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Marduk

World Funeral (Regain/The End)

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Marduk wants listeners to believe that it's the most vicious, misanthropic, gleefully evil band on the planet. The troupe's lyrics and satanic/Nazi imagery conjure memories of the storm-troopin' demons from An American Werewolf in London -- though they're actually a bunch of Scandinavian dudes with silly white face-paint and beerguts poking out from leather vests and bulletbelts. It doesn't matter that the fleshy reality doesn't live up to the hellish rhetoric; the music certainly does.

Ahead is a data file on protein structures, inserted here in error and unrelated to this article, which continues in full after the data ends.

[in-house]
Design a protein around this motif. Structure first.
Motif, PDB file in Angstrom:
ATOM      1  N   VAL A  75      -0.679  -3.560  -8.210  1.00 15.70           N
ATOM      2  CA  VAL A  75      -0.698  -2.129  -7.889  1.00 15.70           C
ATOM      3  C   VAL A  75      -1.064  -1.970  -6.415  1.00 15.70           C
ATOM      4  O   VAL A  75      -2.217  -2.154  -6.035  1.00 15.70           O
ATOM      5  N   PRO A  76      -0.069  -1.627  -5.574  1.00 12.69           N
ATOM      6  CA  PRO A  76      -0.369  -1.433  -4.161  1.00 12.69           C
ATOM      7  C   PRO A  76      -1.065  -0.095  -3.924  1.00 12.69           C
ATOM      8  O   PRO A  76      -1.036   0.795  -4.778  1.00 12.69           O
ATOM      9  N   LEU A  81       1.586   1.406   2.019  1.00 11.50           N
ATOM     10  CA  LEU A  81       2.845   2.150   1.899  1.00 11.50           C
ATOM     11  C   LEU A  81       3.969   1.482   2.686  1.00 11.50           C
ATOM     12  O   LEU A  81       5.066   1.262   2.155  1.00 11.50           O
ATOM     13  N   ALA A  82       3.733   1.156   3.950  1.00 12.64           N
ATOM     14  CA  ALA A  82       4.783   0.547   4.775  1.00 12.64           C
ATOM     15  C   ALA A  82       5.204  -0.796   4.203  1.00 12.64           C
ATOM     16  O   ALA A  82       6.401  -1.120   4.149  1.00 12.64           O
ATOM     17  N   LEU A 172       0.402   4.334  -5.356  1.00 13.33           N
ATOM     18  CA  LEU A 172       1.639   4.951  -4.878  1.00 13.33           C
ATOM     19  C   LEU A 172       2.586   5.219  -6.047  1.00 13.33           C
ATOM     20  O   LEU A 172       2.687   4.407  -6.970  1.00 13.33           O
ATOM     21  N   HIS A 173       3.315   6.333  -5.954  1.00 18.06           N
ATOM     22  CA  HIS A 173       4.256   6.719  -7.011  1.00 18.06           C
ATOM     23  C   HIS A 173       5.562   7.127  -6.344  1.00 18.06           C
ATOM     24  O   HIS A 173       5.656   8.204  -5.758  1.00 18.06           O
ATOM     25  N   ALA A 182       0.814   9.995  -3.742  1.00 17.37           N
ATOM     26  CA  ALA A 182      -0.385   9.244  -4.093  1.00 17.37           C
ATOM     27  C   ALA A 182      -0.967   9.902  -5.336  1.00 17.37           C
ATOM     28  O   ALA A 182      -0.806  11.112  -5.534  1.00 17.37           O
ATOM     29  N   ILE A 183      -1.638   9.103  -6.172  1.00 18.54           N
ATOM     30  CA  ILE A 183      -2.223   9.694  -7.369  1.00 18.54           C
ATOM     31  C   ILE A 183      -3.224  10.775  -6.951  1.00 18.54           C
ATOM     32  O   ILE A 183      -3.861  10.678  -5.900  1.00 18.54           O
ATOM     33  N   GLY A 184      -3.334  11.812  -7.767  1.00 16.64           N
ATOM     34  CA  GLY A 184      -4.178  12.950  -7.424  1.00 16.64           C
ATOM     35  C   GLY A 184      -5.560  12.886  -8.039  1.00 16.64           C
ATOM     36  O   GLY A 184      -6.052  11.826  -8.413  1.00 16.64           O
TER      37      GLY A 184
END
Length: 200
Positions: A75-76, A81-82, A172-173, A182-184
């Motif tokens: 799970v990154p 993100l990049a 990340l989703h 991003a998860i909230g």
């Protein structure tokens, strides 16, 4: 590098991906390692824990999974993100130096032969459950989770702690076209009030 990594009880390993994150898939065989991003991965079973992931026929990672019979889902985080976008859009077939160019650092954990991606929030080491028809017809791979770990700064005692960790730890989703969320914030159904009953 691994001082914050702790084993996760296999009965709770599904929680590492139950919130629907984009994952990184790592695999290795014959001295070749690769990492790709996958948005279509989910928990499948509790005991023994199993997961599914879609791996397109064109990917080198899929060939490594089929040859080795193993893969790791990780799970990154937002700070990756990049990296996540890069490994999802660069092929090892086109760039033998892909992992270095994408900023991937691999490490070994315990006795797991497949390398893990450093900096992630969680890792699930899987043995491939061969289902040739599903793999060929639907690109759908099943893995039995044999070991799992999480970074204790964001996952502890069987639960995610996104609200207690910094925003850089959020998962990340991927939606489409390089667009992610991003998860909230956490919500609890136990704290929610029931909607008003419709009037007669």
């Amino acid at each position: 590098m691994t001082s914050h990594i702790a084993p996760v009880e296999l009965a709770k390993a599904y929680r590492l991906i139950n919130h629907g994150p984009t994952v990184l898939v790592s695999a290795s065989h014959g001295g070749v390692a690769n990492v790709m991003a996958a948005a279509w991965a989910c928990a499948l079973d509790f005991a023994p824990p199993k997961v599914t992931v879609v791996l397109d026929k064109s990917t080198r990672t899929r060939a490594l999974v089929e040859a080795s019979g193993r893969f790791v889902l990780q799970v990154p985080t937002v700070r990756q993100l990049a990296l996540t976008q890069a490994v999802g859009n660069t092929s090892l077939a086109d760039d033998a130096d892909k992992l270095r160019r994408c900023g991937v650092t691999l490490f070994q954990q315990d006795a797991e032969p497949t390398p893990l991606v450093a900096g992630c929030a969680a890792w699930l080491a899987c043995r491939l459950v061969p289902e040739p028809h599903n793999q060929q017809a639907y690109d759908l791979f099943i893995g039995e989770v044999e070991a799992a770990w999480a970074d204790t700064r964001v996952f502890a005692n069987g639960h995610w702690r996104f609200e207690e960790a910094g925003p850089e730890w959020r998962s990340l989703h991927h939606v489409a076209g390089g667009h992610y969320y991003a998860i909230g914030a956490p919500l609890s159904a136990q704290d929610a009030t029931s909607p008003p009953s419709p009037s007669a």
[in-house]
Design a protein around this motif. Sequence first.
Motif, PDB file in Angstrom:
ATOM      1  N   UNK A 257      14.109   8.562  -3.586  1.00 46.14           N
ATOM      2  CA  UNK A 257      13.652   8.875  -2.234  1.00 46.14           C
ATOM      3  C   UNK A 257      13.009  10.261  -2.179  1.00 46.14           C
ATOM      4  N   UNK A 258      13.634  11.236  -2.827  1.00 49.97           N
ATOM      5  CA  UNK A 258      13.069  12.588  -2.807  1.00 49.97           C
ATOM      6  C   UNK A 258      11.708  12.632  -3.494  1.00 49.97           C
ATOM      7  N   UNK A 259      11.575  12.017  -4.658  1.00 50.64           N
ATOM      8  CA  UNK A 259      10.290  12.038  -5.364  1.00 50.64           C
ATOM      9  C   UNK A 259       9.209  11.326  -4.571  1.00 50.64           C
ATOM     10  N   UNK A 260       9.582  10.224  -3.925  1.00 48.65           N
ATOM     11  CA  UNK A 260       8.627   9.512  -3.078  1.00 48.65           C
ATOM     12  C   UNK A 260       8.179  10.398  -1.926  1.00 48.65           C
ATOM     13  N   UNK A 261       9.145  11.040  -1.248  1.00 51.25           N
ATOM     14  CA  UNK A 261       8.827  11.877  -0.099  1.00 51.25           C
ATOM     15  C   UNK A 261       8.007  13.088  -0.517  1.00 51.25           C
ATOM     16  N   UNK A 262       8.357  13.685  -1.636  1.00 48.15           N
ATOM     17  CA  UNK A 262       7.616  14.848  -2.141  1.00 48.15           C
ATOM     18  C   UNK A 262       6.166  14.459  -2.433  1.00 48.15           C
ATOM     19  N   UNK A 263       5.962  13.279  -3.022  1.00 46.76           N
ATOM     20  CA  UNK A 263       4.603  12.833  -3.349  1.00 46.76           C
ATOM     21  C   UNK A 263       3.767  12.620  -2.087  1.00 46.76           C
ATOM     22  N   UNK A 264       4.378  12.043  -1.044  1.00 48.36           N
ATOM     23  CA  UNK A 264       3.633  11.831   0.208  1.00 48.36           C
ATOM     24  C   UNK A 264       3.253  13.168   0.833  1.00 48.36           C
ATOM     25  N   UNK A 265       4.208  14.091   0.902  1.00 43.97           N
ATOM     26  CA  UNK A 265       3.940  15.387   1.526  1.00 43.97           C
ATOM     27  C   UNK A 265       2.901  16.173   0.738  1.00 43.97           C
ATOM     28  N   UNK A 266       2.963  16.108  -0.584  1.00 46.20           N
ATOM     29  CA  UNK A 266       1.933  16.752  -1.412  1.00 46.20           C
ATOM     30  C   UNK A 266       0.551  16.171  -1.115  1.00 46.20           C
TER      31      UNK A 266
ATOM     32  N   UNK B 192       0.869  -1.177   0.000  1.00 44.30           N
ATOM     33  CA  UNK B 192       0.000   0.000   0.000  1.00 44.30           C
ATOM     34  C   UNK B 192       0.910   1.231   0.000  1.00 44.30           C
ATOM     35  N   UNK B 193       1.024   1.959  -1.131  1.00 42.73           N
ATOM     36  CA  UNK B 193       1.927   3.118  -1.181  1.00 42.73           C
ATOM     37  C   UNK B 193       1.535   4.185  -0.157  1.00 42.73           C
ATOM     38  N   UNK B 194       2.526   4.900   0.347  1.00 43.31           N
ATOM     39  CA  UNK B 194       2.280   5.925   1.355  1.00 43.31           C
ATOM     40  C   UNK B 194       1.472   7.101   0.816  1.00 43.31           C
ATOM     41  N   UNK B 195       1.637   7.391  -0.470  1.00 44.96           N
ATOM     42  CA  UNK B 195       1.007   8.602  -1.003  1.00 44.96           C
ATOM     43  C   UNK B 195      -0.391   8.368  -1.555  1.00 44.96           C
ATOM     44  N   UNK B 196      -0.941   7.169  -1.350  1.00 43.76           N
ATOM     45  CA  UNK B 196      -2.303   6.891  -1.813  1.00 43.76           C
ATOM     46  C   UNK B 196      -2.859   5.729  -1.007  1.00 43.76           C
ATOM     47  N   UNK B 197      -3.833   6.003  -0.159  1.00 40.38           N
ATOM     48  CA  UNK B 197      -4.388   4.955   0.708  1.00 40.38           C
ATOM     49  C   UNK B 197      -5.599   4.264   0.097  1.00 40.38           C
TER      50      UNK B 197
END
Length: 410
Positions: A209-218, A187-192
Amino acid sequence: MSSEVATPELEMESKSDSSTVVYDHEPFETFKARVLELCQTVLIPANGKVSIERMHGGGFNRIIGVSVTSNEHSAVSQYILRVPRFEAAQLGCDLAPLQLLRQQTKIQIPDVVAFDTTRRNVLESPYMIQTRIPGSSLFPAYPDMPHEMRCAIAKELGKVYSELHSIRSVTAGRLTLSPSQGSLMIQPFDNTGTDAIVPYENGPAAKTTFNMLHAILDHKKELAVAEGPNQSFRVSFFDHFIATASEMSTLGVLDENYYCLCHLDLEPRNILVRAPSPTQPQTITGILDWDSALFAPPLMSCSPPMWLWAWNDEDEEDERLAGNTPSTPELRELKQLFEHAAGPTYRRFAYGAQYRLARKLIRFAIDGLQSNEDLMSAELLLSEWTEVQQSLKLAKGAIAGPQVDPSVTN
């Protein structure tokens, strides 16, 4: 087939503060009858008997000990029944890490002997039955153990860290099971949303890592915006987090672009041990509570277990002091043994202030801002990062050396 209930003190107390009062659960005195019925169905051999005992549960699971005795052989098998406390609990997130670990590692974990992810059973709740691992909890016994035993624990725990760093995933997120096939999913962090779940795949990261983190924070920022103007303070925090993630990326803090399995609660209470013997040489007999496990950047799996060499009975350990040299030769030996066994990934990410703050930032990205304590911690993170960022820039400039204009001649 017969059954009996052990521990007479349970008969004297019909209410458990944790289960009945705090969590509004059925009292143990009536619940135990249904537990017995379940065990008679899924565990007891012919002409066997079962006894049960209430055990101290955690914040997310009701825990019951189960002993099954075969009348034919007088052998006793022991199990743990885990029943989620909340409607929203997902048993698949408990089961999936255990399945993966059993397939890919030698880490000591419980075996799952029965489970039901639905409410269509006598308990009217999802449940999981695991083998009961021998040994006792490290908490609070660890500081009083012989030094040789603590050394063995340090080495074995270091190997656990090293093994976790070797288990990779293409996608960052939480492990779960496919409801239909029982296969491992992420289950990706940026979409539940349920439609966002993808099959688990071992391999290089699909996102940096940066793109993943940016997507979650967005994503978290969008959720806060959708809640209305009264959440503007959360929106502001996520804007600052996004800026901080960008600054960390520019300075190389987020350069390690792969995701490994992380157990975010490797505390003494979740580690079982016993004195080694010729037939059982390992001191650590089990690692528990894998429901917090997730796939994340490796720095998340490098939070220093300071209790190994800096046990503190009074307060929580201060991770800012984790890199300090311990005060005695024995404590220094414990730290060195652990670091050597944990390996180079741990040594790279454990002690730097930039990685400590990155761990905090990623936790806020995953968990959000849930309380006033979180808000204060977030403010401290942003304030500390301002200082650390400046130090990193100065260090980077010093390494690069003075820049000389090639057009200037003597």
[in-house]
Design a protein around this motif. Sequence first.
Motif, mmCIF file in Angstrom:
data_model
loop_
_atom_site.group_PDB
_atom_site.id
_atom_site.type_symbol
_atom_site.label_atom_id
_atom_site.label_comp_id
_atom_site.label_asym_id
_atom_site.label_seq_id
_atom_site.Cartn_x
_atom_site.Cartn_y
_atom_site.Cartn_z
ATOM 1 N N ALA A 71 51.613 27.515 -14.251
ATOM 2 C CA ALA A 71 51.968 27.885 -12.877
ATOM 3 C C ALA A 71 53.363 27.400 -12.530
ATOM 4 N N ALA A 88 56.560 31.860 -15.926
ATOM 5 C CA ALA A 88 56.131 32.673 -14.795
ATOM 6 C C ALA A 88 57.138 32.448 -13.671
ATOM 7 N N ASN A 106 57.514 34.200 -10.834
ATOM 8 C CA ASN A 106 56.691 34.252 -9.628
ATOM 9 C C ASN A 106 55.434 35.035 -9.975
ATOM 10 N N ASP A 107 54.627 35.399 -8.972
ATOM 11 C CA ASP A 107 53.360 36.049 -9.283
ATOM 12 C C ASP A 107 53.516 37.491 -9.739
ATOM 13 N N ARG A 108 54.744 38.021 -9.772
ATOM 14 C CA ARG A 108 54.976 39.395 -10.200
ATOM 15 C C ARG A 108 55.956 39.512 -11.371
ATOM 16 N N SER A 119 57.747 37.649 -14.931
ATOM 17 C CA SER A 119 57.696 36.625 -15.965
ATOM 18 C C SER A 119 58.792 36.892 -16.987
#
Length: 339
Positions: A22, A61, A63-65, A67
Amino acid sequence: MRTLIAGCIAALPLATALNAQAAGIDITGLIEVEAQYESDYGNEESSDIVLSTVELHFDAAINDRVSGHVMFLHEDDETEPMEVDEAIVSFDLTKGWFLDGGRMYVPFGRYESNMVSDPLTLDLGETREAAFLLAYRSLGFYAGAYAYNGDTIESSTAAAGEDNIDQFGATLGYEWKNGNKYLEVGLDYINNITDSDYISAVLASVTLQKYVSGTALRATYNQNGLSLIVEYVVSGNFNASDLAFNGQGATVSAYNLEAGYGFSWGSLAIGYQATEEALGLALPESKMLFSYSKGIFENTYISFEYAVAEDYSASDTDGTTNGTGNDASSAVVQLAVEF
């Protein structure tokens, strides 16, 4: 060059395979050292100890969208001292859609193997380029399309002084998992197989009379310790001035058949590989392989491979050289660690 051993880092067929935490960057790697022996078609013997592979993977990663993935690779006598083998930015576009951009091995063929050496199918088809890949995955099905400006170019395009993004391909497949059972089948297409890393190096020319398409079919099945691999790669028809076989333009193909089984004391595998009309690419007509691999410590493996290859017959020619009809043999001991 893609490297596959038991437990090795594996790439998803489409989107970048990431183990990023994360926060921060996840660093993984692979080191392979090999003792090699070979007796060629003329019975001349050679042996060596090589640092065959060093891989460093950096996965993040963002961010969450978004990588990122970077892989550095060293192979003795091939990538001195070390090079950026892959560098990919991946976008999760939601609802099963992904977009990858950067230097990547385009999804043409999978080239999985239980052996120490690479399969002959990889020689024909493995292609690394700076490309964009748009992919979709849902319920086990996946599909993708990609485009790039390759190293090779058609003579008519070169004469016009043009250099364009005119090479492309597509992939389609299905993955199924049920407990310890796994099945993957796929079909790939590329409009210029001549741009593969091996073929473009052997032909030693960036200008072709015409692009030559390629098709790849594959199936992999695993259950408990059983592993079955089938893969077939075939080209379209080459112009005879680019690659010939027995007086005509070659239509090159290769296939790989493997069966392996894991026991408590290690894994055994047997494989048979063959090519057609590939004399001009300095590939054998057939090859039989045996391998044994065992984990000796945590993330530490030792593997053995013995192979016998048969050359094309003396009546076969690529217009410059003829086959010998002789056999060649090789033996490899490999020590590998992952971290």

World Funeral is an improvement in almost every way over Marduk's last effort, 2001's La Grande Danse Macabre -- a pretty great metal album in its own right. Self-produced Funeral buries its riffs and pounding rhythms directly between the listener's ears. The mix, by Peter Tagtgren, is more thrashy than black metal (the bass is clearly audible), adding to the power inherent in Marduk's blitzkrieg assault. Movie-dialogue samples are tastefully inserted here and there, commenting on the action, but otherwise, it's pure roaring black metal. Marduk employs no keyboards -- they're not neoclassicists. Their only agenda is brutality, and that singlemindedness serves them very well here. This is a relentless and savage album; Marduk has topped itself once again.

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